“Luc, we both know that her wings aren’t developing. They haven’t grown at all since her birth.” Maria’s voice was intense with her worry.

It was true. Our lovely daughter was growing well in every way except one. Her wings weren’t growing with the rest of her. “I know, Maria. She doesn’t even try to use her wings. I’ve never seen her move them when she needs extra balance.”

“I’ve asked my parents, my friends and Celia should definitely be trying to fly by now. She never does, she’s perfectly happy walking. Our baby is deformed.”

It was true. If Celia basically had no wings, then by all rights, she was deformed. It was a serious and life threatening deformity. “Maybe it’s something that the healers can fix. Or maybe she’s just a bit slow with the wing development but it will happen a little later.” I sighed. “But the healers will have to see her sometime. We can’t put it off forever.”

Maria ignored my warning. All too soon, we were summoned to appear before the healers with an armed escort to ensure we attended. At the age of two, all babies had to be assessed by the healers.

Two staff members took one look at Celia and gently took her from Maria. “What? Where are you taking my baby!”

“Don’t worry, it’s part of the routine. She needs to be weighed, measured. All normal,” a male healer tried to reassure Maria.

“I want to watch. Let me go back there.” Maria tried to push her way past the healer, he gently deflected her back.

I happened to catch one of the staff coming out and shaking their head. My heart fell in my chest. The healer we were talking to said, “There are some questions first. This is your first baby, right?”


“And how is she progressing? How often does she crawl, try to walk, try to fly?” the healer asked quietly.

Maria sobbed and I closed my eyes. “She’s always moving. She crawls from one end of a room to the other in no time flat. She can walk too, but it’s not as often.”

“And flying? Is she trying yet?”

Maria and I looked at each other. This was the critical question. Maria started off by nodding her head. “Well…”

The healer interrupted her. “The truth is that she’s never so much as twitched them, isn’t it?” Maria buried her face in her hands.

“We haven’t seen her try her wings yet,” I replied.

“I thought as much. It’s a rare deformity that your daughter has. It’s a bit more common when different types have a child together. That’s why we discourage pairings like yours.” He stared at me. “You are the father, yes?”

I nodded reluctantly. At this point, there really didn’t seem to be much point in trying to hide it. “Yes, I am.”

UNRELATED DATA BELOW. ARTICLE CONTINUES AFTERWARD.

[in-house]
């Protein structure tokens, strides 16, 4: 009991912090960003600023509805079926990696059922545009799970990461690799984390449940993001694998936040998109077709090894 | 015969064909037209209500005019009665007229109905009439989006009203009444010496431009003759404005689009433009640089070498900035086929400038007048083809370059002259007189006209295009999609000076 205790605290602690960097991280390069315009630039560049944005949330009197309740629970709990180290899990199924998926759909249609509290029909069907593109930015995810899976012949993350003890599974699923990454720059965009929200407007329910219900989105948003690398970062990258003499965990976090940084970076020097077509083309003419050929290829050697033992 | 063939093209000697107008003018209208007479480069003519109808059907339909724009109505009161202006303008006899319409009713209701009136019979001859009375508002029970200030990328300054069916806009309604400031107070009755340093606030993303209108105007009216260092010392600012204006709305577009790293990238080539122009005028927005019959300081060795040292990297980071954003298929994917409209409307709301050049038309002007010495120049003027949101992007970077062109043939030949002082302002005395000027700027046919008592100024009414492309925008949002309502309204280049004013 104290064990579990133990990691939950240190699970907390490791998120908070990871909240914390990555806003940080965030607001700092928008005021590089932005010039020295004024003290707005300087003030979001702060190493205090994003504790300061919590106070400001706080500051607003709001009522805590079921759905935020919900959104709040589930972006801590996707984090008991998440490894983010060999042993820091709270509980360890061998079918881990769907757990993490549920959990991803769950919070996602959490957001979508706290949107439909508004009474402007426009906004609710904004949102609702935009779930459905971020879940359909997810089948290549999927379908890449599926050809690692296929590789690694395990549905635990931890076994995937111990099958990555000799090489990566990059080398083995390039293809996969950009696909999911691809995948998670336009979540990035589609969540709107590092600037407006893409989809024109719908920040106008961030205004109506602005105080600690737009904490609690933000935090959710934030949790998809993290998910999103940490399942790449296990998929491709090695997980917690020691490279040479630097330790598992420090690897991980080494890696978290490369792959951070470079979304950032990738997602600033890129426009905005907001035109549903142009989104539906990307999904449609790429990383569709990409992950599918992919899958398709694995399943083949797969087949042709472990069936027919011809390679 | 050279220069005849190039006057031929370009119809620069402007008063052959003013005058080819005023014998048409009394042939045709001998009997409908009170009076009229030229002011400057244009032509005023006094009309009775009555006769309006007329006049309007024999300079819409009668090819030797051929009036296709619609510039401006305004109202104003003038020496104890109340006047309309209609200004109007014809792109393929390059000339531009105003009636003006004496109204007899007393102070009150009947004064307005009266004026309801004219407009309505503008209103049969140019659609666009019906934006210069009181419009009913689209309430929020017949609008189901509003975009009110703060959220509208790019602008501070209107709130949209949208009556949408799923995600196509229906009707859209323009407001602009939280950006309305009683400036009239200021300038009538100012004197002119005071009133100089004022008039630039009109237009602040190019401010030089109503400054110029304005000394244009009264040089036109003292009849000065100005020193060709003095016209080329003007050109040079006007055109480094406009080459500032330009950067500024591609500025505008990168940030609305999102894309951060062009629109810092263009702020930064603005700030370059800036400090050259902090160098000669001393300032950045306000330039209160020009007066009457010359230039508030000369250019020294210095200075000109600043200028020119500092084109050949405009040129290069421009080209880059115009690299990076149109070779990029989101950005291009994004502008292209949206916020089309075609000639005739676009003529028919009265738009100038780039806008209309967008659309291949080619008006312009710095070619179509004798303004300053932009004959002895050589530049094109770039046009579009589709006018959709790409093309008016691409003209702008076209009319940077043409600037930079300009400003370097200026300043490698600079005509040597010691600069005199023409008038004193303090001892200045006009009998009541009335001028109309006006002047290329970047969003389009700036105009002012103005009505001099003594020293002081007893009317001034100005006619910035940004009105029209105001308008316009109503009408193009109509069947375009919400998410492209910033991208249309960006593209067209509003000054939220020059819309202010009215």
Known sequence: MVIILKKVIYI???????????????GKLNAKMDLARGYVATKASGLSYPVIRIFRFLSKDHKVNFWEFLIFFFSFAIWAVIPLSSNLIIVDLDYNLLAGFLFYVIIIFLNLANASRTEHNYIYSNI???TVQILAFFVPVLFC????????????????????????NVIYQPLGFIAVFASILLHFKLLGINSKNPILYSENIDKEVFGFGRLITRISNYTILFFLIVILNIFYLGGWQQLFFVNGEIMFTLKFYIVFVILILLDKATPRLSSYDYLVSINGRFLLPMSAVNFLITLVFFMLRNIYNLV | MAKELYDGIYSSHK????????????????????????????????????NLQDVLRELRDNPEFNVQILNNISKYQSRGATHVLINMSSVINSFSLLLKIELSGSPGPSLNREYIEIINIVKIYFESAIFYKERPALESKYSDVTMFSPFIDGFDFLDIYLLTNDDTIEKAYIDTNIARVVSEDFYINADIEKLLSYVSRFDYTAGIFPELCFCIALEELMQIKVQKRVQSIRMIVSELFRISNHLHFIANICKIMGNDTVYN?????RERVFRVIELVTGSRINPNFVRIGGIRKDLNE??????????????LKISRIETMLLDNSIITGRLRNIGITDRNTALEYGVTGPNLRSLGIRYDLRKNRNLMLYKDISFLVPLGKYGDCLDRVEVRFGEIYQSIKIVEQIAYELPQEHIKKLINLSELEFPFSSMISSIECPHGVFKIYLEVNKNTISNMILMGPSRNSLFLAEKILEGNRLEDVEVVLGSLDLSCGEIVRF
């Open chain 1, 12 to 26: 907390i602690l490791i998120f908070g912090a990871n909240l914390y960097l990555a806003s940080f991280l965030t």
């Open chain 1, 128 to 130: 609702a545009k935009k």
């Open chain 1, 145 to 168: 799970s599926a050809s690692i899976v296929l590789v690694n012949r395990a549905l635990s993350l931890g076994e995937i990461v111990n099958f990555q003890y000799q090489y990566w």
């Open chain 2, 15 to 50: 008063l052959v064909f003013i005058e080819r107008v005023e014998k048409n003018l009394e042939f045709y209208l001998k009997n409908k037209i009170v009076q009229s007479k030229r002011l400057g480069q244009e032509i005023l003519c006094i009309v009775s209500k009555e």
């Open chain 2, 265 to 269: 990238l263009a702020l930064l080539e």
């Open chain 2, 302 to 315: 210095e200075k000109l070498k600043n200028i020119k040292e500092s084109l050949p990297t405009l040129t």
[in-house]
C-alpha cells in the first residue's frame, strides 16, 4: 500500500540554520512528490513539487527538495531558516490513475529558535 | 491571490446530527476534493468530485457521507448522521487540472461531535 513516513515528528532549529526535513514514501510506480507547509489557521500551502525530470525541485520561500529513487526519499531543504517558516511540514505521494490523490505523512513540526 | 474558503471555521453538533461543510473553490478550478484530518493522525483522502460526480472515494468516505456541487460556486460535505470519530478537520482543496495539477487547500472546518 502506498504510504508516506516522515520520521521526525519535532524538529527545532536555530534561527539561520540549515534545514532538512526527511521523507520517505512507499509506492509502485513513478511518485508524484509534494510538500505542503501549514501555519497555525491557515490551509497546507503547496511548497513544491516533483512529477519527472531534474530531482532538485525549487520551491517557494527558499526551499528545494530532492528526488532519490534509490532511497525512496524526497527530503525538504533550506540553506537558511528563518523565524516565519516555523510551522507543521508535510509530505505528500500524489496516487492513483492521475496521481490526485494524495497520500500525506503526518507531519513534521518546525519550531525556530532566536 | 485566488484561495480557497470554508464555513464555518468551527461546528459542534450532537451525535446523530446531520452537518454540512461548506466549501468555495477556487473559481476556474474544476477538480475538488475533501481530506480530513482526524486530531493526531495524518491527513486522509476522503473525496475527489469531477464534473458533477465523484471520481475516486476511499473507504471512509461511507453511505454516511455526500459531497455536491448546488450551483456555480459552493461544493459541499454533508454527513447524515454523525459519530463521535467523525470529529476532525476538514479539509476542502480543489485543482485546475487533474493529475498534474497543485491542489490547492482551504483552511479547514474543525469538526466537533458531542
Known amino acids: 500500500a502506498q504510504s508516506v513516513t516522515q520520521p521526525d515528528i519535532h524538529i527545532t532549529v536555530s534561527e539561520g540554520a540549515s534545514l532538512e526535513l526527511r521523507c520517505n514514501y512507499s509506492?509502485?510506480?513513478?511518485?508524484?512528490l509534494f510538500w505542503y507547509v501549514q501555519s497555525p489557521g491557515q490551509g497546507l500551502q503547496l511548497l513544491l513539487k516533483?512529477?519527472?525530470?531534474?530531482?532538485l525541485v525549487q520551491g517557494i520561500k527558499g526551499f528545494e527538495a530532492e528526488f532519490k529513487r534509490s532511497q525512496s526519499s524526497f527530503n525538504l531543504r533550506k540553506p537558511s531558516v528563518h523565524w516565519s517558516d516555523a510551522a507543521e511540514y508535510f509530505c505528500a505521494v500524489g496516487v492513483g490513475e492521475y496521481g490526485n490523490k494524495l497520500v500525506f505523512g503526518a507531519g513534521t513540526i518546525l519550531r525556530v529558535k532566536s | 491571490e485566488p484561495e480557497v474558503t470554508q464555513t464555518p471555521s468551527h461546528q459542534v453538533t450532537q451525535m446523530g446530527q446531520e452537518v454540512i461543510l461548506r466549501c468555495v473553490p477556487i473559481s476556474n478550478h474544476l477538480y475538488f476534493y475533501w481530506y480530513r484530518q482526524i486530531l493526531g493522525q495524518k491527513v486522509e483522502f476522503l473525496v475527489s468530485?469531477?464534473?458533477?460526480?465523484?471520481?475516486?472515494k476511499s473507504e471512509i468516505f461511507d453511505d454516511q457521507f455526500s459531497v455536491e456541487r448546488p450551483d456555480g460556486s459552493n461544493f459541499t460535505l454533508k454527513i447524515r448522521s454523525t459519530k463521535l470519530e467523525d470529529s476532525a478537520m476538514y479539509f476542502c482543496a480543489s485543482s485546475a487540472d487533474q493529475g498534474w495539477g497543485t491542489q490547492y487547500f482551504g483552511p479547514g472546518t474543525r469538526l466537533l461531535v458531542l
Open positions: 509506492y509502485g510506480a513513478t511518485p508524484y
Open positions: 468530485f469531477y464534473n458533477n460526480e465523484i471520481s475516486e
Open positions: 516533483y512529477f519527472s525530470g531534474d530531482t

He closed the folder containing the papers he had been consulting. “Well, that’s it. You may go home now.”

“MY BABY!” shrieked Maria. “I won’t go without Celia. Where’s my baby?”

“We’re taking care of her. She won’t ever fly so we are going to prepare her for a new life.”

“New life?” I growled.

“She’ll never be suited to life in the city. We’ll be removing the wing stubs than placing her with the groundlings. It’s where she belongs.”

“No! She belongs with me. She belongs with us. Let us take her home. We can care for her.”

“Now, now, calm down. Have some water,” the healer handed Maria a small glass. She drank it in a single gulp.

I didn’t actually quite see what happened next. One moment, Maria was ranting at the healer at very close range and the next, she was falling to the floor, already asleep.

“Will you go quietly or do I dose you up as well?” he said.

“What happened to Maria? What’s happening to Celia?”

“I’ve given Maria a sleeping potion, mixed with the water. She’ll sleep tonight, tomorrow you can come back and take her home.” He shook his head. “As for Celia, you’ll never see her again. By now, she should be as wingless as any of the groundlings. She’s young. She’ll forget this city soon enough and be just like them.” He looked me in the eyes, “So, are you going to leave quietly? Or join Maria in an overnight stay.”

I laid a hand on Maria’s right wing. It was probably the first time she would have serious rest in the last month, she’d been so worried about Celia. Maria’s wings were so perfect, why couldn’t Celia have been like her mother in that respect?

I had a plan and the plan required that I be awake tonight. Possibly more nights as well. “I’ll go. You take care of my girls.”

The first part of the plan required some scouting around. I flew around the building, noting the two exits. One at ground level, one on the rooftop. I looked carefully around for somewhere I could stay that wouldn’t be too obvious and yet within sight of both exits if possible. I found a spot on a nearby temple that was ideal. It even roof decorations which would meant one object more or less after dark was likely to be unnoticed.

That took some time. The second part of the plan was much more straight forward. I flew to a small shop that I’d visited a few times with Maria.

“Hey, long time,” the chief stylist greeted me. He looked behind me. “Where’s Maria? Don’t tell me you’re getting a job?”

“Yeah, she finally talked me into it. Look, can I get black? A full body job?”

“Full body job? We don’t have much call for those. But sure. What secondary colour were you after?”

I knew he was going to ask and so I’d been thinking about it. My golden feathers would be too easy to spot at night and I was hoping to be doing some stealth flying. Previous visits meant I knew the style was to use two colours. I wanted the second that wouldn’t ruin the effect.